Matthew 21: 33-46
Click here to view the full sermon, "Press", from October 4, 2020 worship.
As a child I had a big imagination. One of my earliest memories is of hiding on the floor in the backseat of my dad’s big old Plymouth. He would be getting ready to drive me to the babysitters for the day (that’s what we called daycare back then). I couldn’t have been more than four years old. I would crouch down behind his seat and when he got into the car, I would make grumbling sounds like a monster. He would go along with the game and pretend not to know where I was and then become worried when he heard ‘monster’ sounds coming from the backseat of his car.
As I got older, my imagination was fed by movies I’d seen, which I would then try to recreate; like when my friend Pat and Ire-enacted the Batman movie we had seen at the local movie theater’s summer Wednesday matinee. Our parents patiently watched as we ran through the connected rooms of the basement, transforming ourselves from Bruce Wayne and Dick Grayson into Batman and Robin.
On the school playground, in the days before cable TV and a home library of movies, my friends and I would act out the plot of the Wizard of Oz the day after its annual broadcast on television. We’d find a girl to play Dorothy and then spent a good ten minutes negotiating who would be the scarecrow and the tin man and the lion- each of us looking for our place in the story. Approaching the parables of Jesus often requires that same kind of big imagination.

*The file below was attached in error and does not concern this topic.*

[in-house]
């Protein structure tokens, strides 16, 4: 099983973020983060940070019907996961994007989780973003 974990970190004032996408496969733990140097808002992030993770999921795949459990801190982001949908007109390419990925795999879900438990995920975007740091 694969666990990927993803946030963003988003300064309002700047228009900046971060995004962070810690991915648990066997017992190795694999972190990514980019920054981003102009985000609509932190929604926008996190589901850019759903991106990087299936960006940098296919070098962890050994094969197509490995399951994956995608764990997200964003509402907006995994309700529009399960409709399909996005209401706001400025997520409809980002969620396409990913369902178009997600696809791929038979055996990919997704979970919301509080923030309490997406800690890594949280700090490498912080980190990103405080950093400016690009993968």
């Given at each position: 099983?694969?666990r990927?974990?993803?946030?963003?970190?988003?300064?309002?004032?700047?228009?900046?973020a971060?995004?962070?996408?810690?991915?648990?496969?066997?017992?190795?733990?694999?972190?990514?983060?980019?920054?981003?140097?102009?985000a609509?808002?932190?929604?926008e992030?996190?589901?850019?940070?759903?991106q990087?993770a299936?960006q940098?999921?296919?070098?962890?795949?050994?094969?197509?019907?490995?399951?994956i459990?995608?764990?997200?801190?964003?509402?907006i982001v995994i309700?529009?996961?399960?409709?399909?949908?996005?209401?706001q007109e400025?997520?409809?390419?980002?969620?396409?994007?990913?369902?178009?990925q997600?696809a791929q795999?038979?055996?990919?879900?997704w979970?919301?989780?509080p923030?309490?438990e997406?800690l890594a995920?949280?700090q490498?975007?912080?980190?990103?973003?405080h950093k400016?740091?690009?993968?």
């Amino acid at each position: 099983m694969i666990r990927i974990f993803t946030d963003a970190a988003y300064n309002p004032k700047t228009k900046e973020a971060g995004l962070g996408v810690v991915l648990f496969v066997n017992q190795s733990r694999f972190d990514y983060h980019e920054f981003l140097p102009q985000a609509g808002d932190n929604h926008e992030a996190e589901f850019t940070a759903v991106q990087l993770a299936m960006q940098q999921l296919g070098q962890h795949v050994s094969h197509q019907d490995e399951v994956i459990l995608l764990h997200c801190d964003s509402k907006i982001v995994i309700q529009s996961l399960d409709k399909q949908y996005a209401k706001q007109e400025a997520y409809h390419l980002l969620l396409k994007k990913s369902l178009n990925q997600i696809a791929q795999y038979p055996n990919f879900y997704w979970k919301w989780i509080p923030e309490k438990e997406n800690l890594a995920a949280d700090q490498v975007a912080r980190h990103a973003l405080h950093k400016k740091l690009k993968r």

When we hear or read them we are looking for our place in the story. Which kind of soil am I when the sower starts throwing out seeds? Am I the younger or the older brother in the story of the lost son? So what parts are available to us from this morning’s parable in Matthew? Well, we’ve got a landowner who does the hard work of establishing a vineyard, complete with security fence and watchtower, and a press for making wine. The landowner then goes on to become an absentee landlord, leasing his property out to a group of tenants; sharecroppers who will work the vineyard for him. There are some slaves who are sent to collect and come to an unfortunate end. And there is the landowner’s son. Where are we in all this?
That’s a tough question because it seems so clear that Jesus’ parable plays out nicelyas an allegory for the story of God’s salvation history. The landowner sounds like God, who works hard to bring the vineyard into being, and entrusts it to the care of some tenants, who sound like the people of Israel. The tenants repeatedly abuse the poor slaves- who must be the prophets- sent by the landowner. Of course, that leaves little doubt about who the son must be: Jesus himself, come to set things right. That is how this parable has traditionally been read and understood. And that is awfully convenient for us, because it allows us to sit on the sidelines for the whole bloody affair only to come in after the fact and claim this vineyard for ourselves as its new tenants. Only that isn’t what Jesus says.